Nancy R. Chandler Visiting Scholar Program

The Nancy R. Chandler Visiting Scholar Program was established in 1985 by the late Robert W. Chandler, Sr. to honor his wife, Nancy. The program brings renowned scholars to the Central Oregon region to present a balanced and broad-based scope of programming in the form of lectures, forums and interactive workshops. In doing so, we hope to encourage stimulating conversations that broaden our community's perspectives and perceptions.

For more information about the program or its upcoming events, please contact Charlotte Gilbride, the Nancy R. Chandler Visiting Scholar Program Coordinator at 541-383-7257.

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Coming Fall Programming 


The Electoral College: History, Controversy & How It Impacts the 2016 Electionnew southwell

Dr. Priscilla Southwell 
Department Head & Professor, Political Science  
University of Oregon 

Wednesday, October 5, 6:30 p.m.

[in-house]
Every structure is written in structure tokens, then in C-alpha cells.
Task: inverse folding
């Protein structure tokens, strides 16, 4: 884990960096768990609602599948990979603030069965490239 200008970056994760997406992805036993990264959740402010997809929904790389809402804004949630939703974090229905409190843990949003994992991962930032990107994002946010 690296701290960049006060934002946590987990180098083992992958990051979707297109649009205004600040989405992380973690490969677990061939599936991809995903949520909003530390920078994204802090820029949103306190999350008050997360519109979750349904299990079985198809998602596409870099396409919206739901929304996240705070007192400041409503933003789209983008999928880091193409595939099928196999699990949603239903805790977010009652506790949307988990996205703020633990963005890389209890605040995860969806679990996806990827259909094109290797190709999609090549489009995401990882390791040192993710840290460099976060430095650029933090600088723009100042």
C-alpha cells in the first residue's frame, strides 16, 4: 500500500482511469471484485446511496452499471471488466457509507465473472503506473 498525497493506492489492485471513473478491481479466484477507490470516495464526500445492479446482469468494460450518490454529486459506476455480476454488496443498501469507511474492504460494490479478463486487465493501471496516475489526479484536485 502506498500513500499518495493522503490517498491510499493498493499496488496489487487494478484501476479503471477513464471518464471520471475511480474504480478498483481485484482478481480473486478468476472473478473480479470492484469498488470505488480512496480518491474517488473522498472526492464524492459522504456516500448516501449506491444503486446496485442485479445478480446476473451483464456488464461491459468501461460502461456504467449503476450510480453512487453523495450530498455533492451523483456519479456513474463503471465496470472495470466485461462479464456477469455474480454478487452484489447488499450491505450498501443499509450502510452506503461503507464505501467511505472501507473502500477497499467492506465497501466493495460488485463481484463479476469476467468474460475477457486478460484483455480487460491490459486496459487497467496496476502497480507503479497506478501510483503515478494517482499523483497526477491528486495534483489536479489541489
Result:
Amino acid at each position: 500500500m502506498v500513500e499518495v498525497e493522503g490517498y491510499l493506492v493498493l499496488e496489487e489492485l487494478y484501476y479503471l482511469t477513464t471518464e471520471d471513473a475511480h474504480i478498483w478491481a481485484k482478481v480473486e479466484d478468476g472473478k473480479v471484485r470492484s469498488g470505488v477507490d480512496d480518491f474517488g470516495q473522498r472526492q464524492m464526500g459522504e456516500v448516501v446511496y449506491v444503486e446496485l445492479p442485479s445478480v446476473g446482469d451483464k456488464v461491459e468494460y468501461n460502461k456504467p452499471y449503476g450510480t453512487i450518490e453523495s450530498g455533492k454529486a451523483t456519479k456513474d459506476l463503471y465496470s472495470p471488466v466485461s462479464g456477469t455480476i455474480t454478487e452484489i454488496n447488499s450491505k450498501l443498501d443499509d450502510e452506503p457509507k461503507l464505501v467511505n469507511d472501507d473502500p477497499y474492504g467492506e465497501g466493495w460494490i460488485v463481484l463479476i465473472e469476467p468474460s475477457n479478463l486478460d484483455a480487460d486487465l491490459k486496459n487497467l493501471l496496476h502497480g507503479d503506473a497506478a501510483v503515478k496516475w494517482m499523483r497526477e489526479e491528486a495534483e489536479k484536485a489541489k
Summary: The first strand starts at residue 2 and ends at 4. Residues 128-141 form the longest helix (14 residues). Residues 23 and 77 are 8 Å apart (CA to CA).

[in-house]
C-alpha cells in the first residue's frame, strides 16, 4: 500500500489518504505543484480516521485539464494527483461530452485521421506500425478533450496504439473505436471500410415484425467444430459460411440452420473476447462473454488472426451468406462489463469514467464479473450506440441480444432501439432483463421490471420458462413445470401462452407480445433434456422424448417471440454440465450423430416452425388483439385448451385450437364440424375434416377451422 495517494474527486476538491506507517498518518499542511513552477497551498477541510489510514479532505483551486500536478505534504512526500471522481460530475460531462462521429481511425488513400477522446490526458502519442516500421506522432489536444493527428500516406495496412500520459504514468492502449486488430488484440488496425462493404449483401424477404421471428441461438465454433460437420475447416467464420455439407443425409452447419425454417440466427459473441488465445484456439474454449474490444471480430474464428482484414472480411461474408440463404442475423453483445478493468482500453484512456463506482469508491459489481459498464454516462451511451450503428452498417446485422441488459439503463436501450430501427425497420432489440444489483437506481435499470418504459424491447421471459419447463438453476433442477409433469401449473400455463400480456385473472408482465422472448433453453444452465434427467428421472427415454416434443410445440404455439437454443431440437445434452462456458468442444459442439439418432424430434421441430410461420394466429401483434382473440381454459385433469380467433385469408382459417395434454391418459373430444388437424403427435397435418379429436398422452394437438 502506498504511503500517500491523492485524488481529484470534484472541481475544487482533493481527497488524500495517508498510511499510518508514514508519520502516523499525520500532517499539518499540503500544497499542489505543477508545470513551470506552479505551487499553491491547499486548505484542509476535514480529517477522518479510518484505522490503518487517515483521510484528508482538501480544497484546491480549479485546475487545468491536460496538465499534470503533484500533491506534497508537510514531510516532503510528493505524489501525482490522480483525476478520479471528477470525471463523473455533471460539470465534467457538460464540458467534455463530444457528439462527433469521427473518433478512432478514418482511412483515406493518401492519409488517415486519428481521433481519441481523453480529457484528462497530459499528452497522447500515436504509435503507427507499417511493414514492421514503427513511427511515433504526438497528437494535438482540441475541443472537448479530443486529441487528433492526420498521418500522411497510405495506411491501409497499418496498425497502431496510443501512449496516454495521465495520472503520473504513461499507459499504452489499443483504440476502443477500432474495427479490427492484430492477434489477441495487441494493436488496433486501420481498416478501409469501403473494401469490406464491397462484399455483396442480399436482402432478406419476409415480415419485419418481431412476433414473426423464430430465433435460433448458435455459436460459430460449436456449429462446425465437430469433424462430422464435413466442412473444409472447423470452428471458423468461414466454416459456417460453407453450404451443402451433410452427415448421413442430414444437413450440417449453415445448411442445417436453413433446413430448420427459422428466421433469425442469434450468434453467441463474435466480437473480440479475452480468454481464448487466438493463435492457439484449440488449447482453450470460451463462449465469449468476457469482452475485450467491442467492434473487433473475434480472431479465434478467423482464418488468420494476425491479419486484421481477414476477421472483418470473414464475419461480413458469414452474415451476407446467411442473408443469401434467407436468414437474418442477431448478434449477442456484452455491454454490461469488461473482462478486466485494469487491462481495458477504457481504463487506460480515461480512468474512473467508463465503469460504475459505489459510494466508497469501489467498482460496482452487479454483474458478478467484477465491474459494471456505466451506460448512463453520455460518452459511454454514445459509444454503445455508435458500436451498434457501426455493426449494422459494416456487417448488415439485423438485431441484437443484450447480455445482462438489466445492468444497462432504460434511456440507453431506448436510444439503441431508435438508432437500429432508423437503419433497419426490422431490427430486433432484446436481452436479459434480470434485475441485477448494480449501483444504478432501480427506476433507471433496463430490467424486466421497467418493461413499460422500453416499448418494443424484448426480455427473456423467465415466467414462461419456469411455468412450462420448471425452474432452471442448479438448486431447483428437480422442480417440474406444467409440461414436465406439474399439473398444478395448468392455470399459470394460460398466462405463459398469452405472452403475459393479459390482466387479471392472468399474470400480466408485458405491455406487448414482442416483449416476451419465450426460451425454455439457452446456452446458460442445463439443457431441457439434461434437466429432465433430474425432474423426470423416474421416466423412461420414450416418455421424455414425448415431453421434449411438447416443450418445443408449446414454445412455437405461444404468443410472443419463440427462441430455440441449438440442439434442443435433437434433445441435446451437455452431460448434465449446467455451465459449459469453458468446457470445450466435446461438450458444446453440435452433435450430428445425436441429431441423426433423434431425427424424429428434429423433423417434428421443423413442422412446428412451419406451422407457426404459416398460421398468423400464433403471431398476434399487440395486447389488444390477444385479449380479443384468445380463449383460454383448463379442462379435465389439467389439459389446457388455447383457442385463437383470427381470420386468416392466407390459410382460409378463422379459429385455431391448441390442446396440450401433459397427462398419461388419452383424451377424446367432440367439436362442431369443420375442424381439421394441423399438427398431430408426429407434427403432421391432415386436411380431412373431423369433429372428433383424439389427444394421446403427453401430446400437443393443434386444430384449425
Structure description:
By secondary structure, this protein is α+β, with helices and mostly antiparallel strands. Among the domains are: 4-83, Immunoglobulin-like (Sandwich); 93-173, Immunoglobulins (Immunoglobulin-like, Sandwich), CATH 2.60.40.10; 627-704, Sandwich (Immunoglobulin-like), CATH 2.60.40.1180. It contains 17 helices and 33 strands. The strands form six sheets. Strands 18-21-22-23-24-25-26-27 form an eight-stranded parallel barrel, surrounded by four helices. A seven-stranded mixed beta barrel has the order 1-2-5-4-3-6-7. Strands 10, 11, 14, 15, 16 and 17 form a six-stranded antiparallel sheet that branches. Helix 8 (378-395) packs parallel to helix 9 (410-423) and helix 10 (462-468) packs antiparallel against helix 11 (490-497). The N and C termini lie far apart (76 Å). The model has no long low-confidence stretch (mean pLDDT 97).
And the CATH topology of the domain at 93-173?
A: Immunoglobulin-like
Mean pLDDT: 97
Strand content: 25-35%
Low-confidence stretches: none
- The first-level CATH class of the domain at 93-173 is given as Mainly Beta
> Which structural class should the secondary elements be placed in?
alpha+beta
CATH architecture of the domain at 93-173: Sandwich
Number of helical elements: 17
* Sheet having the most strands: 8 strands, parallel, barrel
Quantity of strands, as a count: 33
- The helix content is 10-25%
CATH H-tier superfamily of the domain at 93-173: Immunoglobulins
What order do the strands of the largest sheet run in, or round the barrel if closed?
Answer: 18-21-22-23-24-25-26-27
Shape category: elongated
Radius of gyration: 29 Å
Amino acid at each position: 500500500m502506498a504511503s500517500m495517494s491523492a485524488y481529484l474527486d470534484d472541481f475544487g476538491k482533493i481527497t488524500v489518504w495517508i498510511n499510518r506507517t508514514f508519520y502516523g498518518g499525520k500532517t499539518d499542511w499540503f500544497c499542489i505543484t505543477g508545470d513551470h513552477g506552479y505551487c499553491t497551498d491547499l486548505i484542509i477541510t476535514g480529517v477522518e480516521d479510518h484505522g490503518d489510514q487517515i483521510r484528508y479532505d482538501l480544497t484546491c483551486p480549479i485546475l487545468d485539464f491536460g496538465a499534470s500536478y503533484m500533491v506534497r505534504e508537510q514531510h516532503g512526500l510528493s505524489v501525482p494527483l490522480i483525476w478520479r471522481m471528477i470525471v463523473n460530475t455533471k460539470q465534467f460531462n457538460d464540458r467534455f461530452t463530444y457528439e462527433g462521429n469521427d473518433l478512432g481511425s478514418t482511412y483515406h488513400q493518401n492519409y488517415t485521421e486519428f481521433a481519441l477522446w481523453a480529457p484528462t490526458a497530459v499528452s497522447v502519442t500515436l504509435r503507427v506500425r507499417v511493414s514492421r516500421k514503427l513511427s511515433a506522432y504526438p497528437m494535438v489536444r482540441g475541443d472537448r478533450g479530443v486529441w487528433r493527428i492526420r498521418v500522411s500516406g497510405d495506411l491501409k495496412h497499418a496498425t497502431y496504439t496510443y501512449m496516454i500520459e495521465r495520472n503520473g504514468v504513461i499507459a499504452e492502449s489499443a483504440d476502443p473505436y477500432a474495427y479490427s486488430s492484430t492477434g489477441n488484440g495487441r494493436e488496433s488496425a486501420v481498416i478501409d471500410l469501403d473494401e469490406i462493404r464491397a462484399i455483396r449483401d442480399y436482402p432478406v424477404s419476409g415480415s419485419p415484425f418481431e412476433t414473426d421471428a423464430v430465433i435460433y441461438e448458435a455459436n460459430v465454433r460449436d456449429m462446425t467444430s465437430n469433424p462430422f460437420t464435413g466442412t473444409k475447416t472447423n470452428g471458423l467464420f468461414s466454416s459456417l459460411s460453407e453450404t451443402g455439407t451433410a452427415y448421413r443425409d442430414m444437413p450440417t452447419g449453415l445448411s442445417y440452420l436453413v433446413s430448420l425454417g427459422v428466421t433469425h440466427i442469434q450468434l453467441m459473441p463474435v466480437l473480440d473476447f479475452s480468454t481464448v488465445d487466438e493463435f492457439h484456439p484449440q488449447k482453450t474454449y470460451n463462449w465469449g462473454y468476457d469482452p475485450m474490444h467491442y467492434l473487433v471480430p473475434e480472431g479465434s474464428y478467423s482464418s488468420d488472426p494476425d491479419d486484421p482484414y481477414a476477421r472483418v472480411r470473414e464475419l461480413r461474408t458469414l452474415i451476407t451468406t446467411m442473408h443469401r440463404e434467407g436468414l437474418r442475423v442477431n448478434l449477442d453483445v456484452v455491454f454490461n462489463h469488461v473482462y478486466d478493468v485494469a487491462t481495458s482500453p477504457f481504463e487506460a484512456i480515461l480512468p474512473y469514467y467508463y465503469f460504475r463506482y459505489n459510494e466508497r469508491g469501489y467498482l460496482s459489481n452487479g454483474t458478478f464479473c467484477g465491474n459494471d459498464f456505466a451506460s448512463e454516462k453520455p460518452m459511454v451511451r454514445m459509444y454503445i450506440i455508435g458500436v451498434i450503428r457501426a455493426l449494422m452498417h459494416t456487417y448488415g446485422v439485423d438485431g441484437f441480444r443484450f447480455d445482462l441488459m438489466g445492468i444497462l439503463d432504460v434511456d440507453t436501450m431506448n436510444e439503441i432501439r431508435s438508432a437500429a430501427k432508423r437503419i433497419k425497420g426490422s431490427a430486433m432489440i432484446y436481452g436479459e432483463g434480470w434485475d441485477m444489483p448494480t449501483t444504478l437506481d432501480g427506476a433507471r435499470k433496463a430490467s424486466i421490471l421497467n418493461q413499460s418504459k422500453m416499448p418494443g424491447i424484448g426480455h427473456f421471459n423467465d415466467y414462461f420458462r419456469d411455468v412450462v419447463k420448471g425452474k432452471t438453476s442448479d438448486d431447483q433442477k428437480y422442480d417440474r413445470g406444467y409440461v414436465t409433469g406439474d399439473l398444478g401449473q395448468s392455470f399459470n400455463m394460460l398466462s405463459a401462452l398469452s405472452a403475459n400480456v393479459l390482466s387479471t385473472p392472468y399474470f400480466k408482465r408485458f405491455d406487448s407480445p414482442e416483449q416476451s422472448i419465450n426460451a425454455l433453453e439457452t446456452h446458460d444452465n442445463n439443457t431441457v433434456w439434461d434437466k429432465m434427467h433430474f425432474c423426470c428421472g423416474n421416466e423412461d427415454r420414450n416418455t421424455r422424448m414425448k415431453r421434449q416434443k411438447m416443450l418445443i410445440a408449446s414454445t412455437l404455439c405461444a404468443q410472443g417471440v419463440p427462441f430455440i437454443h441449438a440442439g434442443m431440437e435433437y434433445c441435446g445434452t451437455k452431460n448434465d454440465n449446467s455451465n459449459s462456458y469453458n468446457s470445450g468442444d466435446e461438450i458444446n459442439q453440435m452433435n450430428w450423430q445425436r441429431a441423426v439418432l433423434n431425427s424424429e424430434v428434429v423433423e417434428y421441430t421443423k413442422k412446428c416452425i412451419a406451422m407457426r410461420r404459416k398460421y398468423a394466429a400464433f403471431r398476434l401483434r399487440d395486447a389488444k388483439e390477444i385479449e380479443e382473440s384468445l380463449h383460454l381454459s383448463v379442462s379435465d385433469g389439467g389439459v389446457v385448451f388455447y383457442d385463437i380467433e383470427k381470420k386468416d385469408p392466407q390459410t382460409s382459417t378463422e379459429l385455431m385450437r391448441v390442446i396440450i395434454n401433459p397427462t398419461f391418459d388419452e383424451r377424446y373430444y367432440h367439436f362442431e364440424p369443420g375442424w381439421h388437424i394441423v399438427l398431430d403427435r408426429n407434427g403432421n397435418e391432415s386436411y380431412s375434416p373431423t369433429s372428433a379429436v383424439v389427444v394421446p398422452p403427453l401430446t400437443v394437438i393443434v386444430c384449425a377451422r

Wille Hall, COCC Coats Campus Center, Bend 

Tickets $10
Purchase Tickets Here
Students free with ID card. 

The United States Electoral College will literally decide the upcoming presidential election. Please join us for an informative evening with University of Oregon Political Science Professor, Dr. Priscilla Southwell. Dr. Southwell will give us a historical and contemporary perspective on the Electoral College as well as cover the controversy surrounding it. She will tie her presentation into what is currently happening in the polls and how the Electoral College will determine the election's outcome. 

About Southwell 
Dr. Priscilla Lewis Southwell is a Professor of Political Science at the University of Oregon. Her research interests include political behavior, US politics, and European politics. She received her B.A. and M.A. from the University of Colorado at Boulder and her Ph.D. from the University of North Carolina at Chapel Hill. 

This program is generously sponsored by Brooks Resources, Deschutes Brewery, Fairfield Inn & Suites by Marriott, ASCOCC and OSU-Cascades Student Fee Committee.